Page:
Fossils of a hippopotamus-like creature on an Arctic island show the climate was once like that of Florida, giving clues to risks from modern global warming, a scientist said.
COAL MINE SEVEN, Svalbard, Norway -- Fossils of a hippopotamus-like creature on an Arctic island show the climate was once like that of Florida, giving clues to risks from modern global warming, a scientist said.
Fossil footprints of a pantodont, a plant-eating creature weighing about 400 kg (880 lb), add to evidence of sequoia-type trees and crocodile-like beasts in the Arctic millions of years ago when greenhouse gas concentrations in the air were high.
"The climate here about 55 million years ago was more like that of Florida," Appy Sluijs, an expert in ancient ecology at Utrecht University in the Netherlands, said in Coal Mine Seven on the Norwegian archipelago of Svalbard.
"Where we are now was once a temperate rainforest," he said on Tuesday, at the end of a horizontal mine shaft 5 kms (3 miles) inside a mountain and 300 metres (600 feet) below the surface.
He pointed to a row of footprint impressions found in December in the roof of the mine north of Longyearbyen, the main settlement on the barren treeless Norwegian archipelago 1,000 km (600 miles) from the North Pole.
Sluijs said forests grew in the Arctic when carbon dioxide, the main greenhouse gas, was at about 1,000 parts per million in the atmosphere because of natural swings in the climate.
And he said such concentrations point to risks with surging modern emissions stoked by human use of fossil fuels -- greenhouse gas concentrations are at the highest in at least 650,000 years and rising fast.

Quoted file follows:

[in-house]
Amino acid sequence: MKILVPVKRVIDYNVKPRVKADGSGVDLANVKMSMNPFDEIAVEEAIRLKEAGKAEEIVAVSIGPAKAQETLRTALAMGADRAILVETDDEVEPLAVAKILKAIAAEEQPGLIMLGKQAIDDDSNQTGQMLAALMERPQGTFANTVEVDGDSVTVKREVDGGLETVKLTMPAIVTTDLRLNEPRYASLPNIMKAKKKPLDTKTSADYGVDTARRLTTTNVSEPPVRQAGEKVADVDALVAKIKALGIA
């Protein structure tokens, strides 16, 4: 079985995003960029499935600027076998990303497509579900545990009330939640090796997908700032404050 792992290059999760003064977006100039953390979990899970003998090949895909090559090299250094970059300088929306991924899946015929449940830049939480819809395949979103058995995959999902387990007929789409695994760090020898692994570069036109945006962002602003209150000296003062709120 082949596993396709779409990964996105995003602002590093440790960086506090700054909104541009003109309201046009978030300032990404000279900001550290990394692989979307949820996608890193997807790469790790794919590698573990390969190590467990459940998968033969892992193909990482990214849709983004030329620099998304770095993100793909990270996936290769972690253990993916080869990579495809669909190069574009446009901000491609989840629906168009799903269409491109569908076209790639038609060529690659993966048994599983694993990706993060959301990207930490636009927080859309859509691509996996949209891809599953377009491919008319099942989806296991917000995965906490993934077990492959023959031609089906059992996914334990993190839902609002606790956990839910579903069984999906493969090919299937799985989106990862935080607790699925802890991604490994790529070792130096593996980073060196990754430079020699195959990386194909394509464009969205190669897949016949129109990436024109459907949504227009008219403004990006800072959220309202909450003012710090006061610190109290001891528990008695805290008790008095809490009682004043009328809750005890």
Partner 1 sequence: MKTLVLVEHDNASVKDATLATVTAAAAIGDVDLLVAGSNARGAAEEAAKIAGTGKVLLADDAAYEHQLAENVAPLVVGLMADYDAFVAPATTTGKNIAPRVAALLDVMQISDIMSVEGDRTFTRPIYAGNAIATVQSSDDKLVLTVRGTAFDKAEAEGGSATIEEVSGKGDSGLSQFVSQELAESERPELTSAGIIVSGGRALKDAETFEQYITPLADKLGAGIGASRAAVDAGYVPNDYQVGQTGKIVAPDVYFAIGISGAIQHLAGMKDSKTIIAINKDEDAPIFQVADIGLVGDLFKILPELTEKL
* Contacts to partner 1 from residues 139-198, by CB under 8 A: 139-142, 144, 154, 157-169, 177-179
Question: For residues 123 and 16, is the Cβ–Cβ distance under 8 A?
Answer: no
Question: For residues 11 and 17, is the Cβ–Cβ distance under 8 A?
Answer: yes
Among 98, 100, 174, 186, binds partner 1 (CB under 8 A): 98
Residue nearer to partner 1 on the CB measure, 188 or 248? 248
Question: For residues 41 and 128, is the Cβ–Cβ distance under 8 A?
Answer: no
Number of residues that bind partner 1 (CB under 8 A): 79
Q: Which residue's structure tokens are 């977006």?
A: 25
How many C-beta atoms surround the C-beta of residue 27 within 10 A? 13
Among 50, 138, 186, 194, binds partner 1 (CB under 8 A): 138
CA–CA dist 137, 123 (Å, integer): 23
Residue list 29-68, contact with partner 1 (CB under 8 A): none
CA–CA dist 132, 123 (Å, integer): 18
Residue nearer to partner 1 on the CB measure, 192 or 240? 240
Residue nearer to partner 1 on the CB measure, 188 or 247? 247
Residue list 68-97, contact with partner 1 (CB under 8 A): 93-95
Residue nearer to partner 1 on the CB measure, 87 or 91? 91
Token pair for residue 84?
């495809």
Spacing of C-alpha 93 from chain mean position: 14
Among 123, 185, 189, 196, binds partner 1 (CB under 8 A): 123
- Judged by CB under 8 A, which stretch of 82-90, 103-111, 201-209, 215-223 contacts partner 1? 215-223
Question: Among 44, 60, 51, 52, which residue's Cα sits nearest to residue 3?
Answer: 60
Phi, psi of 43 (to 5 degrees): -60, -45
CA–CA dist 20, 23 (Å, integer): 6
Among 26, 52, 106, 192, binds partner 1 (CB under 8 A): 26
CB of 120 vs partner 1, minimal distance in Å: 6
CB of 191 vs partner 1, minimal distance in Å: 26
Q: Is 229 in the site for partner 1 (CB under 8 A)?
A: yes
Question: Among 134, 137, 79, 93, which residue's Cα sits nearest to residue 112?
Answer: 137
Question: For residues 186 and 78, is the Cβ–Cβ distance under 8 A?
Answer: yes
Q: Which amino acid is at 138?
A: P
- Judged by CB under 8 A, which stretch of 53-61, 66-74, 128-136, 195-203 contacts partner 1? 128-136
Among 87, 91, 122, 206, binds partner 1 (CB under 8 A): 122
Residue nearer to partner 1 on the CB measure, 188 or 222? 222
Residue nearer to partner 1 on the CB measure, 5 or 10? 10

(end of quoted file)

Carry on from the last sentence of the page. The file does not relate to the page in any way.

"It's a worrying scenario for future global warming," he told a group of students studying climate change. The ancient warming was triggered by natural shifts, perhaps linked to volcanic activity and a thaw of frozen methane.
Sea levels 55 million years ago were about 100 metres higher than now -- Antarctica was free of ice.
"We are starting processes that will last for hundreds, perhaps thousands of years," he said of modern emissions from burning fossil fuels in power plants, factories and cars.
When Svalbard was hot -- the islands were also close to the North Pole 55 million years ago -- many parts of the globe near the equator would have been too hot for modern plants and animals that have adapted to a modern climate, he said.
Carbon dioxide levels are now at almost 390 per million in the atmosphere, up from 270 before the Industrial Revolution and rising fast. Sluijs said they could reach 1,000 parts per million by 2100 if not held in check.
The footprints were found by chance by two miners. "As far as we know there are only five pantodonts of this type found in the world," said Steve Torgersen, a mining expert.